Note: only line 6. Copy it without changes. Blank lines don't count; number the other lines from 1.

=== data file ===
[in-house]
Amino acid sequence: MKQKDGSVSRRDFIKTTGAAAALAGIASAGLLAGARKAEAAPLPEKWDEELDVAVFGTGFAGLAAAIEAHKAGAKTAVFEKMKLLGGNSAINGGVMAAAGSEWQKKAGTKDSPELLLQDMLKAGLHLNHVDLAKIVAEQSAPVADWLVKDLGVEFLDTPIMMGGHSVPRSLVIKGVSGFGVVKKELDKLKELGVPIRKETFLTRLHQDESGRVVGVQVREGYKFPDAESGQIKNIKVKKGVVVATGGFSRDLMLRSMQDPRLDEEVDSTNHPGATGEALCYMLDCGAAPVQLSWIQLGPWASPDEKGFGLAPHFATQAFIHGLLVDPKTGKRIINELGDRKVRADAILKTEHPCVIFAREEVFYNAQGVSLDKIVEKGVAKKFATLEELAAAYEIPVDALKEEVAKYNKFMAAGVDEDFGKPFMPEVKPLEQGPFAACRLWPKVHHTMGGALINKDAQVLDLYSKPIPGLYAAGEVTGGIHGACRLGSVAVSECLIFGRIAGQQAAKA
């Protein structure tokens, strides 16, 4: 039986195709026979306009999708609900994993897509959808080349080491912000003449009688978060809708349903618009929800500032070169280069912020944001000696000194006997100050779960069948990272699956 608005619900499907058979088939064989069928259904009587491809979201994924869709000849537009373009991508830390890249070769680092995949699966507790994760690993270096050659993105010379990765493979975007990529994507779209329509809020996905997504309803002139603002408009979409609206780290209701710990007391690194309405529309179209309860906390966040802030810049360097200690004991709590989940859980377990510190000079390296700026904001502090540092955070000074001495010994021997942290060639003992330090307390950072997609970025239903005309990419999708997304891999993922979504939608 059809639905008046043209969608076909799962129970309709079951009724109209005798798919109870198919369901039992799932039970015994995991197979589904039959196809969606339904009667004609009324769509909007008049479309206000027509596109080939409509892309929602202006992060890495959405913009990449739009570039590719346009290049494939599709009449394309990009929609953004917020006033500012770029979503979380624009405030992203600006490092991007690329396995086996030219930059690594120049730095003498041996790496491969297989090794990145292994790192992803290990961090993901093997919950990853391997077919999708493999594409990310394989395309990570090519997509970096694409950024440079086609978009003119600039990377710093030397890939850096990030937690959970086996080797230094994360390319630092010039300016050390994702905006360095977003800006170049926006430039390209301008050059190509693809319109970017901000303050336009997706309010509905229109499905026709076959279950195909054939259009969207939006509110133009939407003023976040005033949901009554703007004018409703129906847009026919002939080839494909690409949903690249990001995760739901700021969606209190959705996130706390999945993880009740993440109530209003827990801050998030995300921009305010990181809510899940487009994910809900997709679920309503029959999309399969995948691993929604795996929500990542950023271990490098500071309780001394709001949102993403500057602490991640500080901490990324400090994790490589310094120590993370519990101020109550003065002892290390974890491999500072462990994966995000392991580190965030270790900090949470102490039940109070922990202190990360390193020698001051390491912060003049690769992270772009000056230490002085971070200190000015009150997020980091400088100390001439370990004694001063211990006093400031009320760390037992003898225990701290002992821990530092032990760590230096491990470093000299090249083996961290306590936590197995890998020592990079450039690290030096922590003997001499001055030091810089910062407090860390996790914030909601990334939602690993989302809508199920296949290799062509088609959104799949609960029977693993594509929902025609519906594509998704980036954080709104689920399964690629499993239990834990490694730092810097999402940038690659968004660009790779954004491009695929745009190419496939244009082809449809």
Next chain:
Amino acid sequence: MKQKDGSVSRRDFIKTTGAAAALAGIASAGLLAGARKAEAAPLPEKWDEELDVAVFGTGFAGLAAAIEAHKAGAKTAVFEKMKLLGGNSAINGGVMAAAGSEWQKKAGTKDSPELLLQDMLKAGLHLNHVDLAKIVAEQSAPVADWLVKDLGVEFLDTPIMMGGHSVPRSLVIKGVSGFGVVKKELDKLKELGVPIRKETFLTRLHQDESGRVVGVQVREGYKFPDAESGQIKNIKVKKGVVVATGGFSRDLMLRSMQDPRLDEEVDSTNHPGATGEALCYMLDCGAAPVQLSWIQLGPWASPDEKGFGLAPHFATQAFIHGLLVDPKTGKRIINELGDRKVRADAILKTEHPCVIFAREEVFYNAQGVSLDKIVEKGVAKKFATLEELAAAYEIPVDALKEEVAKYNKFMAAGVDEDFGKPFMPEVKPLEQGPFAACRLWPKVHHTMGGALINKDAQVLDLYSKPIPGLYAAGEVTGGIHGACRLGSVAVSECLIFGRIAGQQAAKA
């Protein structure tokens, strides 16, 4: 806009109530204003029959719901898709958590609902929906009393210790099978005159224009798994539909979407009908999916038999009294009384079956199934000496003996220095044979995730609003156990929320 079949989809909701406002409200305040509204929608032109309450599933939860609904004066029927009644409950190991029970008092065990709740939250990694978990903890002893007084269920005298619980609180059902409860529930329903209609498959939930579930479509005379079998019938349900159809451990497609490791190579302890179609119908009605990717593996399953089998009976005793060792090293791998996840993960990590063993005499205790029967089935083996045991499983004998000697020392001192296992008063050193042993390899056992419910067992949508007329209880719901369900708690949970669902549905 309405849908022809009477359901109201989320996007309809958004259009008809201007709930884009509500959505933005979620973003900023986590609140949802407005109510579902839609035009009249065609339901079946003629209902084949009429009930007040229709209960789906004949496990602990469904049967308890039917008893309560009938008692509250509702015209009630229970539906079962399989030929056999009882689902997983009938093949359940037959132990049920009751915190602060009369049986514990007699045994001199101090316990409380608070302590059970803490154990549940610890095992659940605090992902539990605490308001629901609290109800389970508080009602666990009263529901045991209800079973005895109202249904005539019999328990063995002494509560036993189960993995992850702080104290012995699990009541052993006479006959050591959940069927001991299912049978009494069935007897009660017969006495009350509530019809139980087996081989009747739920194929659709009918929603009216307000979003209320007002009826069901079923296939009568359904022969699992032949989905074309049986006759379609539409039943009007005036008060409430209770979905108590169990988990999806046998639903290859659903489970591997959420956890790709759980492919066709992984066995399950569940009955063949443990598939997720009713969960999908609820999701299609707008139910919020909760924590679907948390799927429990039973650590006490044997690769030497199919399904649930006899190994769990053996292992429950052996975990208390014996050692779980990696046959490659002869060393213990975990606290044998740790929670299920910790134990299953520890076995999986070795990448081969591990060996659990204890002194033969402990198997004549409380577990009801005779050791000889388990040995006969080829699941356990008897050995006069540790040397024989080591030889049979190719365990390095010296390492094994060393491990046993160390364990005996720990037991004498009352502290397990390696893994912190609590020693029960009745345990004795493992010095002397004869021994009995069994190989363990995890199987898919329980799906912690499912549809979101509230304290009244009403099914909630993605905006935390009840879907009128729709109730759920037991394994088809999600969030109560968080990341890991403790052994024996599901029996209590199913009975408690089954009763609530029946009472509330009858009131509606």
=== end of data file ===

């Protein structure tokens, strides 16, 4: 806009109530204003029959719901898709958590609902929906009393210790099978005159224009798994539909979407009908999916038999009294009384079956199934000496003996220095044979995730609003156990929320 079949989809909701406002409200305040509204929608032109309450599933939860609904004066029927009644409950190991029970008092065990709740939250990694978990903890002893007084269920005298619980609180059902409860529930329903209609498959939930579930479509005379079998019938349900159809451990497609490791190579302890179609119908009605990717593996399953089998009976005793060792090293791998996840993960990590063993005499205790029967089935083996045991499983004998000697020392001192296992008063050193042993390899056992419910067992949508007329209880719901369900708690949970669902549905 309405849908022809009477359901109201989320996007309809958004259009008809201007709930884009509500959505933005979620973003900023986590609140949802407005109510579902839609035009009249065609339901079946003629209902084949009429009930007040229709209960789906004949496990602990469904049967308890039917008893309560009938008692509250509702015209009630229970539906079962399989030929056999009882689902997983009938093949359940037959132990049920009751915190602060009369049986514990007699045994001199101090316990409380608070302590059970803490154990549940610890095992659940605090992902539990605490308001629901609290109800389970508080009602666990009263529901045991209800079973005895109202249904005539019999328990063995002494509560036993189960993995992850702080104290012995699990009541052993006479006959050591959940069927001991299912049978009494069935007897009660017969006495009350509530019809139980087996081989009747739920194929659709009918929603009216307000979003209320007002009826069901079923296939009568359904022969699992032949989905074309049986006759379609539409039943009007005036008060409430209770979905108590169990988990999806046998639903290859659903489970591997959420956890790709759980492919066709992984066995399950569940009955063949443990598939997720009713969960999908609820999701299609707008139910919020909760924590679907948390799927429990039973650590006490044997690769030497199919399904649930006899190994769990053996292992429950052996975990208390014996050692779980990696046959490659002869060393213990975990606290044998740790929670299920910790134990299953520890076995999986070795990448081969591990060996659990204890002194033969402990198997004549409380577990009801005779050791000889388990040995006969080829699941356990008897050995006069540790040397024989080591030889049979190719365990390095010296390492094994060393491990046993160390364990005996720990037991004498009352502290397990390696893994912190609590020693029960009745345990004795493992010095002397004869021994009995069994190989363990995890199987898919329980799906912690499912549809979101509230304290009244009403099914909630993605905006935390009840879907009128729709109730759920037991394994088809999600969030109560968080990341890991403790052994024996599901029996209590199913009975408690089954009763609530029946009472509330009858009131509606």